Sunday, 8 January 2012

Another US Collector Loses Property Without Documentation of Lawful Import

Claude Hendrickson, president of Dixie Equipment in Woodstock, Ala., bought himself a Douglas AD-4N Skyraider aircraft with full equipment (log books, four 20mm M3 aircraft cannons and assorted aircraft parts) abroad. It is one of relatively few [airworthy] machines of this type still in existence. He then had it flown into the US in August 2008:
without the required authorization from the U.S. Department of State. The pilot, who was hired by Hendrickson to fly the plane from France into the United States, provided false information to U.S. Customs and Border Protection (CBP) officers at the Port of Buffalo, N.Y., to gain admittance into the country.
Nevertheless it seems even a small warplane can be smuggled through the barrier of bubbles that is the US border security. Hendrickson kept it at the Bessemer Airport, Jefferson County, Alabama. The collector had a few problems with getting the cannons through the border though.
The 20mm cannons arrived at the Port of Savannah, Ga., on Oct. 8, 2008, inside two 40-foot shipping containers being imported by Dixie Equipment. CBP officers discovered the cannons concealed in a wooden box, hidden under aircraft parts in the nose of one of the containers, although the cannons were not listed on the entry form, bill of lading, invoice or any other documentation submitted by Dixie Equipment.
It was only after the discovery and seizure of the cannons on Oct. 15, 2008 that Customs and Border Patrol officers noticed the plane. An ICE HSI investigation revealed that the Skyraider aircraft had entered the United States illegally, and as a result the following year ICE HSI agents seized the plane (through a court order of April 24, 2009). As a result, on Dec. 21, 2011, Judge William M. Acker, Jr., U.S. District Judge for the Northern District of Alabama, ordered that the aircraft, log books, four 20mm M3 aircraft cannons and assorted aircraft parts be forfeited to the government as property brought into the United States in violation of U.S. law.
"The Skyraider aircraft, its cannons and parts are all subject to import licensing requirements as ‘defense articles' under the Arms Export Control Act. Federal law prohibits the importation of defense articles without a license or permit," said Raymond R. Parmer, Jr., special agent in charge of Homeland Security Investigations (HSI) in New Orleans. "ICE aggressively investigates these cases in order to deter this type of illegal activity and protect those who abide by our nation's laws."[...] Neither the State Department nor the Bureau of Alcohol, Tobacco, Firearms and Explosives (ATF) had granted a permit, license or other written authorization for the importation of the Skyraider, the cannons or the aircraft parts at the time they entered the United States.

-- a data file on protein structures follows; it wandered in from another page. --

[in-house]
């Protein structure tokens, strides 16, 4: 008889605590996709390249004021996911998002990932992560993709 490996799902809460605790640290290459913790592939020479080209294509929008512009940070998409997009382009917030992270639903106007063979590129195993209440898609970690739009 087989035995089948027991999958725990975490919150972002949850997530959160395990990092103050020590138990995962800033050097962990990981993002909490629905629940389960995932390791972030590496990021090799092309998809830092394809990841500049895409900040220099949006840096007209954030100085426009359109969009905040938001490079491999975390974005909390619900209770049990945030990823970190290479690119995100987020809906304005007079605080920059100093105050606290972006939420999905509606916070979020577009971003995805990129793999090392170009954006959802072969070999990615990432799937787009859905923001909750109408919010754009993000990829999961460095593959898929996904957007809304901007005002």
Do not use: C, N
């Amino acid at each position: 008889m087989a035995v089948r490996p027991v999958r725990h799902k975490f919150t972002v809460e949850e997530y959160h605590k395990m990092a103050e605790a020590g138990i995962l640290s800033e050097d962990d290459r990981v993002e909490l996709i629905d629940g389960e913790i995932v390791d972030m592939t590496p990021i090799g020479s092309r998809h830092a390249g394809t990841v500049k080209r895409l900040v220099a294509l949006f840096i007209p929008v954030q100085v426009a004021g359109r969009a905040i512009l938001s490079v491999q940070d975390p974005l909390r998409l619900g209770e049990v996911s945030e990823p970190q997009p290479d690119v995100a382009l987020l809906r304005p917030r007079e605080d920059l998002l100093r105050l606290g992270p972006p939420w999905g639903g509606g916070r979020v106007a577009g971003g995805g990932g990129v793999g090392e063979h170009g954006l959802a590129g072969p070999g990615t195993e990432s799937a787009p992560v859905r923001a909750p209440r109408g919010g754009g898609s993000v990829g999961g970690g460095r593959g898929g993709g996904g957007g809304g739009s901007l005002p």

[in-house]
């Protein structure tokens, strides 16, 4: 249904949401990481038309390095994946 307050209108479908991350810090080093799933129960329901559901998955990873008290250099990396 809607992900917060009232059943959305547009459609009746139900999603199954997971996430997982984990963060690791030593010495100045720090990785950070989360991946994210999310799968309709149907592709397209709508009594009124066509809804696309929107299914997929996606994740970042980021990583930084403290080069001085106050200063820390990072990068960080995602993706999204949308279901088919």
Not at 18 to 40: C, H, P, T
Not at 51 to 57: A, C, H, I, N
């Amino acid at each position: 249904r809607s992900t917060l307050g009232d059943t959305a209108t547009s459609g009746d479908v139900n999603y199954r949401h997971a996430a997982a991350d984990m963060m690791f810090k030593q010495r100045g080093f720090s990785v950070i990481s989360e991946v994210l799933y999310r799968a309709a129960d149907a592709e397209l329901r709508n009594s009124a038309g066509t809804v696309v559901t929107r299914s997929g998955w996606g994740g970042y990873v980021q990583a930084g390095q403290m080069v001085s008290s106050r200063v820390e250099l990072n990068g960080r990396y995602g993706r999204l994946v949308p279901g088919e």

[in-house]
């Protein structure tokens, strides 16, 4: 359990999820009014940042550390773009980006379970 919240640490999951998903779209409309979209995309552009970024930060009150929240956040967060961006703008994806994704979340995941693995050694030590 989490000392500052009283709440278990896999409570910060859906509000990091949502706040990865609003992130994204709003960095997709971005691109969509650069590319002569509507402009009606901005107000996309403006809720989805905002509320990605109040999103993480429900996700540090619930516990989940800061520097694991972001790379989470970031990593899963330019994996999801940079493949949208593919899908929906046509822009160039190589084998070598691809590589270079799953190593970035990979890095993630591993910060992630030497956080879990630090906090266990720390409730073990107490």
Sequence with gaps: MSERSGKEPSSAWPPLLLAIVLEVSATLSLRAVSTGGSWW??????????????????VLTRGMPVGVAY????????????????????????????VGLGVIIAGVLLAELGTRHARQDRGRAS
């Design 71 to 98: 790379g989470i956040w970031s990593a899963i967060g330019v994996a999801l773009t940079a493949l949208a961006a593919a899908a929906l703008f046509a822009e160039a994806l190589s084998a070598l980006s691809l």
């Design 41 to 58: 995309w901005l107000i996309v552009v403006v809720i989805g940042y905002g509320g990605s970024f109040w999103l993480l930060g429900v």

It is now reported that the ICE HSI is currently
working to transfer the Skyraider aircraft, cannons, and assorted aircraft parts, including three Wright engines, to the U.S. Department of the Navy, National Naval Aviation Museum in Pensacola, Florida, for the purpose of preserving the aircraft's value as a significant and lasting part of our nation's Naval aviation history.
Once again, we see another example of US collectors losing their property due to the failure to document lawful passage across international borders. I don't know how much Hendrickson paid for his plane, but suspect he is quite a bit out of pocket through the failure to get the required bits of paper to bring this piece of cultural property into the United States. Again, the CCPIA was not involved at all in this affair, and it seems to me that dealers' lobbyists who claim to be working "in the interests of collectors" really ought to be drawing collectors' attention to the dangers of ignoring acquiring artefacts without paying attention to securing documentation of lawful export and import. They could well find people "coming for their coins" and it is nobody's fault but their own.

Source: Jim Douglas, 'Illegally Smuggled (sic) Military Aircraft, AD-4N Skyraider To End Up At Naval Museum', AvStop Online Magazine January 8, 2012

Vignette: I am not sure if this is the actual plane, but it flies.

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